In the past few months I have become addicted to listening to ESPN’s Mike & Mike in the Morning radio show. My family and friends find this addiction inscrutable as I am not particularly interested in sports, do not attend sporting events, or play any sports. What I enjoy about this show, first and foremost, is the relationship between the two Mikes. They are another iteration of odd-couple zaniness. Secondly, I love learning about worlds I know nothing about and this show provides an entertaining window into sports fandom.
This morning, in the midst of an ongoing conversation Mike and Mike are having about the late, great baseball player Tony Gwynn (for background see: http://www.cnn.com/2014/06/16/opinion/downey-tony-gwynn/index.html?iid=article_sidebar) and how wonderful and generous Gwynn was in an interview. Musing as to whether this kind of generosity is encountered today, one of the Mikes (Mike Greenberg) mentioned that there’s been a social norms change in the relationship between sports journalists and sports figures. It used to be that sports organizations were all for media coverage of their players and actively sought exposure. A generation ago there were relatively few sports-media outlets with limited opportunities for coverage. Today, Greenberg observed, more effort by sport organization’s PR professionals is expended “protecting” players from media exposure. A contributing reason? The 24/7 explosion of media outlets including blogs and all forms of social media. The consequent explosion in the number of individuals looking for “content” is to some extent outstripping the availability of content. Also a factor is the preference for controversial content that can then self-feed even more discussions, blog-post, and tweets.
Ah. So finally, here comes the message for academic science: could it be time for institutions to move from seeking media attention to protecting scientists and the intellectual pursuit of scientific knowledge? At one time, “explaining” science to the public (primarily as a mechanism for shoring up public support for science) might have justified the willingness to have researchers work with journalists. But, perhaps it is no longer possible, in a reasonable way, to meet the insatiable needs of the ever-expanding media outlets seeking content?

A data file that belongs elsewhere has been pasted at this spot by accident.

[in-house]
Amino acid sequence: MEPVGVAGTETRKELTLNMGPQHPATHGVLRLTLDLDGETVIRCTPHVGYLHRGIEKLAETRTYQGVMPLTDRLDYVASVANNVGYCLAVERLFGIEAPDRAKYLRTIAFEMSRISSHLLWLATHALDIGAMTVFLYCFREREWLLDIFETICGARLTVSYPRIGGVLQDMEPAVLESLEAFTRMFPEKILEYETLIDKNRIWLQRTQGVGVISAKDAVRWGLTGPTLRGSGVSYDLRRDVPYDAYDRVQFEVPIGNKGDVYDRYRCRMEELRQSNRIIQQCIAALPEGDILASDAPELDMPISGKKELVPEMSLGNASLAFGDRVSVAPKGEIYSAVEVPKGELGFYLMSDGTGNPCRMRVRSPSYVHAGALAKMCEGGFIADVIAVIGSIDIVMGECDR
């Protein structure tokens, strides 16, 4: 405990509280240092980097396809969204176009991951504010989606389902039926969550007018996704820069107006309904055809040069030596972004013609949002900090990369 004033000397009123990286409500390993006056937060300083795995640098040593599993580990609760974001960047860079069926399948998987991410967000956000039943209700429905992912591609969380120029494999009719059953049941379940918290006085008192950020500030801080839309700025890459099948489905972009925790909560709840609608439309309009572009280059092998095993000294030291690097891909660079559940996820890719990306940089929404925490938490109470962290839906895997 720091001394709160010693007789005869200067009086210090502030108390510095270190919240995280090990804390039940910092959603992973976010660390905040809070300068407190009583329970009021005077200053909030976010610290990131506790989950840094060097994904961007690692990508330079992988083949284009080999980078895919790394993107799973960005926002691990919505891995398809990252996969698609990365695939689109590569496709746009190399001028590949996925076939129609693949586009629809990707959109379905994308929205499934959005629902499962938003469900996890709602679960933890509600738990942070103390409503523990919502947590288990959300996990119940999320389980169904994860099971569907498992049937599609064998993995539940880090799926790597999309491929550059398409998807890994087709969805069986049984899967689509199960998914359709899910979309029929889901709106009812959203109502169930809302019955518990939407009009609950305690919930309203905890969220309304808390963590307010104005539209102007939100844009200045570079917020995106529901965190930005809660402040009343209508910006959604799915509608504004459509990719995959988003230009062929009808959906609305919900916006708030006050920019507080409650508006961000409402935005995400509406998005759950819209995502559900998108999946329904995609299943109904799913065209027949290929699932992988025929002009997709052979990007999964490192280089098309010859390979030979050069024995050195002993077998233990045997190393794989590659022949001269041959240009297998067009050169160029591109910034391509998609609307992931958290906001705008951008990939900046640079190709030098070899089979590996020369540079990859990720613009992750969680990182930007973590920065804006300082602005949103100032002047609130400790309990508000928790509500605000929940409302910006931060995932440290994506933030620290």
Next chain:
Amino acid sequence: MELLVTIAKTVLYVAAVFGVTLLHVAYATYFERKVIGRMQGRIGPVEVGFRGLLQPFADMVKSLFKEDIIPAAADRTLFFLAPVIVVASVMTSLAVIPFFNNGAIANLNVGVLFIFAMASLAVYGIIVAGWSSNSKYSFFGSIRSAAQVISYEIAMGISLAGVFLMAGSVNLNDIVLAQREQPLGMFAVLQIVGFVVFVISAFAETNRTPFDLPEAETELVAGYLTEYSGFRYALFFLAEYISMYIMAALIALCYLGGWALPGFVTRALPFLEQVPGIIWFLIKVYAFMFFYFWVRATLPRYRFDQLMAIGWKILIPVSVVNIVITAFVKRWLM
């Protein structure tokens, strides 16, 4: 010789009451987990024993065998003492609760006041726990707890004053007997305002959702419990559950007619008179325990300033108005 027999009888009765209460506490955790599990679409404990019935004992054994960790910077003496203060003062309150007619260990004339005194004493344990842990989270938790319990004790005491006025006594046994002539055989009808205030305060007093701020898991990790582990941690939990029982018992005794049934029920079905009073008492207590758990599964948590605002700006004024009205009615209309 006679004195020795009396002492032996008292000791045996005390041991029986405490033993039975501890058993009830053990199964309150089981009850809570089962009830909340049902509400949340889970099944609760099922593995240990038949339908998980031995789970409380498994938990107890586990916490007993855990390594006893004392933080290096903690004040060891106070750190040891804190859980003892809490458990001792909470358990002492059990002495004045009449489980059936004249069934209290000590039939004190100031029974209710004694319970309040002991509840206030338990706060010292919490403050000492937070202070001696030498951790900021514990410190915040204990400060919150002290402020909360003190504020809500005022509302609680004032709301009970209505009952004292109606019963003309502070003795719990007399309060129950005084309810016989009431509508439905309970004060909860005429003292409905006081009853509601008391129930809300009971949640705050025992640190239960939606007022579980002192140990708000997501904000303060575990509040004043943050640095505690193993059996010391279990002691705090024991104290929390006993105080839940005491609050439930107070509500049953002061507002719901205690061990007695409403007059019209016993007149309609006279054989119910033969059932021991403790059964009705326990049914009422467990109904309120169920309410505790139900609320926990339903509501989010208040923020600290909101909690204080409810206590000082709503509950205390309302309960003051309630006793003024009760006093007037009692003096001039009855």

A risk is that academic science becomes over-exposed. This risk is compounded by the rise of the researcher as public intellectual. Many academic scientists now write popular books, regularly contribute newspaper columns, and keep active blogs. Institutions produce videos and pod-casts. As scientific communication morphs to edutainment there is a tendency to lose precision, skepticism, and the willingness to be wrong – all important characteristics of authentic discussion.
The TED-ification of science/public interaction means no line of research is now too esoteric or obscure to escape some gussying up for its moment in the limelight. Similarly, no finding, regardless of how incremental, escapes characterization as a monumental breakthrough.
I worry that science seems to be garnering some special authority so that there is absolutely no problem for which science is not (or has not) the answer. Impossible boots to fill.
So every now and then it might be good to resist the interview, the Newsweek cover, the slick radio production, or whatever – unless there is a real and important story to tell – a story that can be told in its entirety, uncertainties included.
The unintended consequence of all this
The generation of thoughtful, meaningful scientific understanding cannot keep pace with the whirlwind need for news, commentary, and controversy every minute of every hour of every day.